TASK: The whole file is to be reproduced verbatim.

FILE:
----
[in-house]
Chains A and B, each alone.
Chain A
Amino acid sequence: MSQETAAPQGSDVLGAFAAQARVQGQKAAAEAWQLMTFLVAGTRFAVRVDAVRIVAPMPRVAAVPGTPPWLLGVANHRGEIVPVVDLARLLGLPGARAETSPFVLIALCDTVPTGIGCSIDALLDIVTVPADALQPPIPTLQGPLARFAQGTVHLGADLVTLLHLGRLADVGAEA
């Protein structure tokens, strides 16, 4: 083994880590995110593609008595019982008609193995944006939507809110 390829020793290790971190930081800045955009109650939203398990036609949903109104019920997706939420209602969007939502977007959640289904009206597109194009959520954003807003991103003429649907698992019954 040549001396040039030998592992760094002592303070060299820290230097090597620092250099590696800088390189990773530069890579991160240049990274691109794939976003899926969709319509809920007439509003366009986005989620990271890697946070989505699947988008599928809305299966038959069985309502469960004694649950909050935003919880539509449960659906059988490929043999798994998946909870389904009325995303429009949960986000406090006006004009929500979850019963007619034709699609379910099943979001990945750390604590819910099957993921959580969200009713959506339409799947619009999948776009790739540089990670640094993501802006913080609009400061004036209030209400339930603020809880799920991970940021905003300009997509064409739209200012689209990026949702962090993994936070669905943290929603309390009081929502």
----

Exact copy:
[in-house]
Chains A and B, each alone.
Chain A
Amino acid sequence: MSQETAAPQGSDVLGAFAAQARVQGQKAAAEAWQLMTFLVAGTRFAVRVDAVRIVAPMPRVAAVPGTPPWLLGVANHRGEIVPVVDLARLLGLPGARAETSPFVLIALCDTVPTGIGCSIDALLDIVTVPADALQPPIPTLQGPLARFAQGTVHLGADLVTLLHLGRLADVGAEA
């Protein structure tokens, strides 16, 4: 083994880590995110593609008595019982008609193995944006939507809110 390829020793290790971190930081800045955009109650939203398990036609949903109104019920997706939420209602969007939502977007959640289904009206597109194009959520954003807003991103003429649907698992019954 040549001396040039030998592992760094002592303070060299820290230097090597620092250099590696800088390189990773530069890579991160240049990274691109794939976003899926969709319509809920007439509003366009986005989620990271890697946070989505699947988008599928809305299966038959069985309502469960004694649950909050935003919880539509449960659906059988490929043999798994998946909870389904009325995303429009949960986000406090006006004009929500979850019963007619034709699609379910099943979001990945750390604590819910099957993921959580969200009713959506339409799947619009999948776009790739540089990670640094993501802006913080609009400061004036209030209400339930603020809880799920991970940021905003300009997509064409739209200012689209990026949702962090993994936070669905943290929603309390009081929502």